Minotaur Moving Beyond Genre

Andrew Martin is a man on a mission, a mission to change the industry’s perception of the mystery imprint he’s been heading for the last three years. Martin, as publisher of Minotaur Books, which releases some 140 titles annually, is pushing a message to the publishing community that his imprint is about more than str1ong, small-run backlist genre mysteries, it’s also about “big, noisy blockbusters.”Noting that his outlook on publishing was changed by the years he spent working at Sterling, owned by Barnes & Noble, Martin has devised a schedule in which Minotaur publishes one big book a month that is backed by a major marketing push and a 75,000-copy to 200,000-copy first printing.

To find the right lead title, Minotaur takes chances on newcomers as well as writers from what Martin dubs his “farm team.” Chelsea Cain, a Portland journalist who signed a seven-figure, three-book deal with the imprint in 2006, is a good example of the former tack; Cain’s first two novels in her serial killer trilogy—Heartsick and Sweetheart—both hit the bestseller lists.

The other route involves cherry-picking writers from Minotaur’s backlist (aka the farm team)—many of them accomplished genre authors the imprint has steadily done 5,000-copy print runs for. Olen Steinhauer is one such writer. Steinhauer’s The Tourist, published in March, is his sixth book, but the first in a new trilogy, which Martin said was key to giving the Edgar-winning author a higher profile. “[Steinhauer] had great literary chops,” Martin elaborated, “but I can’t make him great on book four or five of a five-book series.” (The Tourist, which has sold 51,000 copies to date, was also acquired for film by George Clooney.)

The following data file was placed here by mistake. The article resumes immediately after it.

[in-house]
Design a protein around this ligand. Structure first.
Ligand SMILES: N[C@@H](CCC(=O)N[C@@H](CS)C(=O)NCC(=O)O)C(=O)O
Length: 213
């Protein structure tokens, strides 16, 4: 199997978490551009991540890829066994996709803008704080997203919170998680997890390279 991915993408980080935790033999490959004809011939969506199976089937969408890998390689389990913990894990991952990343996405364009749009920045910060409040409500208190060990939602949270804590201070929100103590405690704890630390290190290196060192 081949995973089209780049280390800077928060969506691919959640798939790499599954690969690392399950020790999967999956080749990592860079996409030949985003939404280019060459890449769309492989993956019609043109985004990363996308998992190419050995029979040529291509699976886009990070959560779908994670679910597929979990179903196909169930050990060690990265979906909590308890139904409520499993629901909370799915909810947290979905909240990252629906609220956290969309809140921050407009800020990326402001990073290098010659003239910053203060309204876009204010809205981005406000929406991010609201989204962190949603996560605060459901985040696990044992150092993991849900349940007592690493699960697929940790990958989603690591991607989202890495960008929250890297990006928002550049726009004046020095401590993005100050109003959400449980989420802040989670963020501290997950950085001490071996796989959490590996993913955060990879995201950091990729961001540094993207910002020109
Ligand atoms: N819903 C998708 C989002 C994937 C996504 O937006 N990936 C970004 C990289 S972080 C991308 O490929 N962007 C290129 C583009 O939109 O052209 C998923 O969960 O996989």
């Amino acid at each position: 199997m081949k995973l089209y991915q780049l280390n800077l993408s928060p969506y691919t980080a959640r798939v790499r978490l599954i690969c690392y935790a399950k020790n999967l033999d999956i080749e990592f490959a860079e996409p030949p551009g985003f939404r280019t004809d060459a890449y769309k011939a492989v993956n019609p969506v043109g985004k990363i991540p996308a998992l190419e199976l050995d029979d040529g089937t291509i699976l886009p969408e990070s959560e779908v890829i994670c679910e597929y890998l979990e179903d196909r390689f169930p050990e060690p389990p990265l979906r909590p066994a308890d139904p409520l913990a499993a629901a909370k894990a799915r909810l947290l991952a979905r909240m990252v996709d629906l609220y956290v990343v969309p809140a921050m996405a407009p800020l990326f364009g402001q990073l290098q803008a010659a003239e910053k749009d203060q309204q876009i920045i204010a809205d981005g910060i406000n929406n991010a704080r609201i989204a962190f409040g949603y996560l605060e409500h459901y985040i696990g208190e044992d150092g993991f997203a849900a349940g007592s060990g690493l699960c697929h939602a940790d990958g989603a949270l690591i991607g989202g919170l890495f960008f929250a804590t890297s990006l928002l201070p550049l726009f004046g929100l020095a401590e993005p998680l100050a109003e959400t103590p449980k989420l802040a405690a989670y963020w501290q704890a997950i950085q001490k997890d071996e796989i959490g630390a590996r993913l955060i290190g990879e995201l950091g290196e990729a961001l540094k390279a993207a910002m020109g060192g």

Martin’s goal is to drive home the message that Minotaur, while it is about genre fiction, is also about big fiction. To that end, the imprint recently signed a three-book deal with bestseller Nevada Barr; it will now release the next titles in Barr’s long-running series featuring Parks Service detective Anna Pigeon.

In addition to bigger print runs—upcoming 100,000-copy pushes include Norb Vonnegut’s Top Producer (mid-September) and Louise Penny‘s The Brutal Telling (late September)—Martin is trying to twist the old publicity standards. The imprint has done away with shipping a crate-full of galleys—known as the Beast Box —to booksellers and the press every season. Instead it’s shipping two “discoveries” and a memory stick with promotional information about other upcoming titles. (The discoveries are two of the house’s lead titles.)

According to Martin, the less is more approach is all part of the plan “to get you reading, buying, selling Minotaur books.”

Although Martin acknowledged that consumers may not check the bindings of their books before they buy, branding is key, he thinks, within the industry. “While I don’t promote the Minotaur brand to the consumer, I do to the customer,” by which he means getting booksellers and the press on board with the new Minotaur.

(Publisher’s Weekly, Jun 8, Rachel Deahl)